The Senate of Finland, the government that the Parliament had appointed in November, drafted a Declaration of Independence and a proposal for a new republican Instrument of Government. Chairman of the Senate (a.k.a. Prime minister) Pehr Evind Svinhufvud read the Declaration to the Parliament on 4 December. The Declaration of Independence was technically given the form of a preamble of the proposition, and was intended to be agreed by the Parliament, which adopted the Declaration on 6 December.

Declaring the independence was only part of the long process leading to the independence of Finland. The declaration is celebrated as the Independence Day in Finland.


Finland Republic Saarinen Design Model Lion Type 1917




1961 Died: Erwin Schrödinger, Austrian physicist and academic, Nobel Prize laureate (b. 1887)

Erwin Rudolf Josef Alexander Schrödinger (12 August 1887 – 4 January 1961), sometimes written as Erwin Schrodinger or Erwin Schroedinger, was a Nobel Prize-winning Austrian physicist who developed a number of fundamental results in the field of quantum theory: the Schrödinger equation provides a way to calculate the wave function of a system and how it changes dynamically in time.

In addition, he was the author of many works in various fields of physics: statistical mechanics and thermodynamics, physics of dielectrics, colour theory, electrodynamics, general relativity, and cosmology, and he made several attempts to construct a unified field theory. In his book What Is Life? Schrödinger addressed the problems of genetics, looking at the phenomenon of life from the point of view of physics. He paid great attention to the philosophical aspects of science, ancient and oriental philosophical concepts, ethics, and religion.He also wrote on philosophy and theoretical biology. He is also known for his "Schrödinger's cat" thought-experiment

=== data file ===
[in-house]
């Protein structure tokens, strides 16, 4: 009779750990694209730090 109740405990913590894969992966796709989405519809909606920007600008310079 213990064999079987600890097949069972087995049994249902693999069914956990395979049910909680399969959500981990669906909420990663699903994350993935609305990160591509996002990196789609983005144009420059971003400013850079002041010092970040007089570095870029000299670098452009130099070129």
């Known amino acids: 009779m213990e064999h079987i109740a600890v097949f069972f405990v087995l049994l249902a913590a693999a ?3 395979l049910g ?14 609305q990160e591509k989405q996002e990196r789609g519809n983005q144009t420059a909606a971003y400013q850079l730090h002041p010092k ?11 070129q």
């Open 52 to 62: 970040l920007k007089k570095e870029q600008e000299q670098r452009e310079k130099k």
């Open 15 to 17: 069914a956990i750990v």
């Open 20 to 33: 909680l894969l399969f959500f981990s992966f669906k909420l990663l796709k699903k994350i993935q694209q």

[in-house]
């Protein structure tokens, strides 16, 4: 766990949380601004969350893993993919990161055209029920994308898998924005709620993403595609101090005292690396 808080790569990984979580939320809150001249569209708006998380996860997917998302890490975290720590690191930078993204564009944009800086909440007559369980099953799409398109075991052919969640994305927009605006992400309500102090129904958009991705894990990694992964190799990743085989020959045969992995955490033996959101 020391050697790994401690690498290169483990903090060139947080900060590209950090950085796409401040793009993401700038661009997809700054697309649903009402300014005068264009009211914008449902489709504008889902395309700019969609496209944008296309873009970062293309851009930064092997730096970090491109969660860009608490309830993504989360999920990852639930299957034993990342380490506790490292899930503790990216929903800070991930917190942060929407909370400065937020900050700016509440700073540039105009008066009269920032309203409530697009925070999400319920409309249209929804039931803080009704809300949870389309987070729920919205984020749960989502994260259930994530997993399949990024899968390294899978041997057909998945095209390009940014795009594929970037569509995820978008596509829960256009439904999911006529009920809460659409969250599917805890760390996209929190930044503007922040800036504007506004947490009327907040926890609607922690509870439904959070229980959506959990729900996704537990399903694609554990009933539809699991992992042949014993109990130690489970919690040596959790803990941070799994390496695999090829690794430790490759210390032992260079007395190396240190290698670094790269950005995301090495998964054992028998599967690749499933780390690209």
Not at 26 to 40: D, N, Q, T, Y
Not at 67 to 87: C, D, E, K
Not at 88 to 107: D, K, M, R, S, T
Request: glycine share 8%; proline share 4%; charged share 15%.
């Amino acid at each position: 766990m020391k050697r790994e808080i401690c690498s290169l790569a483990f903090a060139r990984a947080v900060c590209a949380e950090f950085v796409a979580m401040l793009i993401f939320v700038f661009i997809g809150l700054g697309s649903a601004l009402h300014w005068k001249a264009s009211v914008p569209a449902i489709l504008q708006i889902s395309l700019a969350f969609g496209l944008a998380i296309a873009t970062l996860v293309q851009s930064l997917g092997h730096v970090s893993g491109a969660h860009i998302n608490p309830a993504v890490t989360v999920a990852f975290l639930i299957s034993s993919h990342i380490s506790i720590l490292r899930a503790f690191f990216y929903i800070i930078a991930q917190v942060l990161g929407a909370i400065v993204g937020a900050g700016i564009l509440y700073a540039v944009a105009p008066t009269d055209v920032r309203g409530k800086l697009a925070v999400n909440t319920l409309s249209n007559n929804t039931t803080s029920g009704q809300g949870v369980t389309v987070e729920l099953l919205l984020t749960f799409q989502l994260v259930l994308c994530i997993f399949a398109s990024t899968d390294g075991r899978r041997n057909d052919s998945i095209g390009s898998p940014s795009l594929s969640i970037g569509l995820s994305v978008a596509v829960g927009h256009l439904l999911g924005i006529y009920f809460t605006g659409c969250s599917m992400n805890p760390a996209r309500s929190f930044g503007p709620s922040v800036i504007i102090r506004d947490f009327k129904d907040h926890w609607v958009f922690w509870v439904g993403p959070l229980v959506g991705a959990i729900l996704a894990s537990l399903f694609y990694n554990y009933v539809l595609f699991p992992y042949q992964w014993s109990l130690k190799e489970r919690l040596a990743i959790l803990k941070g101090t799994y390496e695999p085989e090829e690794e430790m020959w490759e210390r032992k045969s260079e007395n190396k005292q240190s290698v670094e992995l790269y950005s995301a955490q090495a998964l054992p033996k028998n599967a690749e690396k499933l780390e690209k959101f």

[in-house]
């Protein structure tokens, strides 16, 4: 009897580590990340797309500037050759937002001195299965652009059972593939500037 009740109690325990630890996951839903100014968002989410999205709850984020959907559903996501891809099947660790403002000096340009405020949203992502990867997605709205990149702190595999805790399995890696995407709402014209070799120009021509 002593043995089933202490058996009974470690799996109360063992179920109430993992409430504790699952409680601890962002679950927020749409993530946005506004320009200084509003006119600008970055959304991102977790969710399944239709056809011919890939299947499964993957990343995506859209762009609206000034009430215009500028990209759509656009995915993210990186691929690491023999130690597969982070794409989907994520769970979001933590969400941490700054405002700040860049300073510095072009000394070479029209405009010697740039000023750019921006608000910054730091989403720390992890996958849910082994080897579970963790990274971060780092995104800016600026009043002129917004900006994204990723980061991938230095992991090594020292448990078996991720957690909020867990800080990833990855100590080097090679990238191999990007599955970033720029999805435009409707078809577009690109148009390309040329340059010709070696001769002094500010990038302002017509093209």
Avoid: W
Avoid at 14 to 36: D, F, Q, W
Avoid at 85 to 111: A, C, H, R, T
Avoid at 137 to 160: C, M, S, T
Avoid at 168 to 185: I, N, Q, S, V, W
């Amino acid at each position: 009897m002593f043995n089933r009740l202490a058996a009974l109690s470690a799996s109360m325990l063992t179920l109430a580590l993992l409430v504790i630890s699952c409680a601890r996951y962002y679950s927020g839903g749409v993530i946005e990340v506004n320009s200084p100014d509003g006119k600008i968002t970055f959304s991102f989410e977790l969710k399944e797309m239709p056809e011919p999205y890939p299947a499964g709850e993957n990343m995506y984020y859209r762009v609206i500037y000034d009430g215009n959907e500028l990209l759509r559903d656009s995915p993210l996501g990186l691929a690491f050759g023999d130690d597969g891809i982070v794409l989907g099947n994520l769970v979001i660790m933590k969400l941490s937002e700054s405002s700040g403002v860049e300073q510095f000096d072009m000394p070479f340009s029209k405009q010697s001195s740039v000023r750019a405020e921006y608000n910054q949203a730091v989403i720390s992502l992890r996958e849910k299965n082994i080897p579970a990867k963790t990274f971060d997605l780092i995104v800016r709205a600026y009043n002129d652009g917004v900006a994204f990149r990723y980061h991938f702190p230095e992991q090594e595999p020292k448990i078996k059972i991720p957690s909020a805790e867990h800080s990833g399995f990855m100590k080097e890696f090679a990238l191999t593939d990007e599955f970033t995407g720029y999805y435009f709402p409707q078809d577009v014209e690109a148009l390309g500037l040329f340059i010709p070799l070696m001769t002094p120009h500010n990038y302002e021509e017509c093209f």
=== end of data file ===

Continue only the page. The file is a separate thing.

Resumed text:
Austrian stamp depicting Erwin Schrödinger

Austria 1987 Erwin Schrodinger First Day

Austria 1987 Erwin Schrodinger


1965 Died: T. S. Eliot, English poet, playwright, critic, Nobel Prize laureate (b. 1888)

Thomas Stearns Eliot OM (26 September 1888 – 4 January 1965) was an American-born British poet, essayist, publisher, playwright, literary critic and editor. Born in St. Louis, Missouri, to a prominent Boston Brahmin family, he moved to England in 1914 at the age of 25 and went on to settle, work and marry there. He became a British subject in 1927 at the age of 39, subsequently renouncing his American citizenship.

Considered one of the 20th century's major poets, Eliot attracted widespread attention for his poem "The Love Song of J. Alfred Prufrock" in 1915, which was seen as a masterpiece of the Modernist movement. It was followed by some of the best-known poems in the English language, including "The Waste Land" (1922), "The Hollow Men" (1925), "Ash Wednesday" (1930), and Four Quartets (1943). He was also known for his seven plays, particularly Murder in the Cathedral (1935) and The Cocktail Party (1949). He was awarded the Nobel Prize in Literature in 1948, "for his outstanding, pioneer contribution to present-day poetry".

Stamps from the US and Great Britain depicting T. S. Eliot and his work The Addressing of Cats 


US Literary Arts T S Eliot 22c.jpg

The Addressing of Cats by T.S.Eliot

Friday, December 06, 2019

December 6th in stamps Chardin, WIllem II, Finland declares independence, Siemens

Here are some events that happened on December 6th. It could be an event or a person that died or was born on that day


1779 Died: Jean-Baptiste-Siméon Chardin, French painter (b. 1699)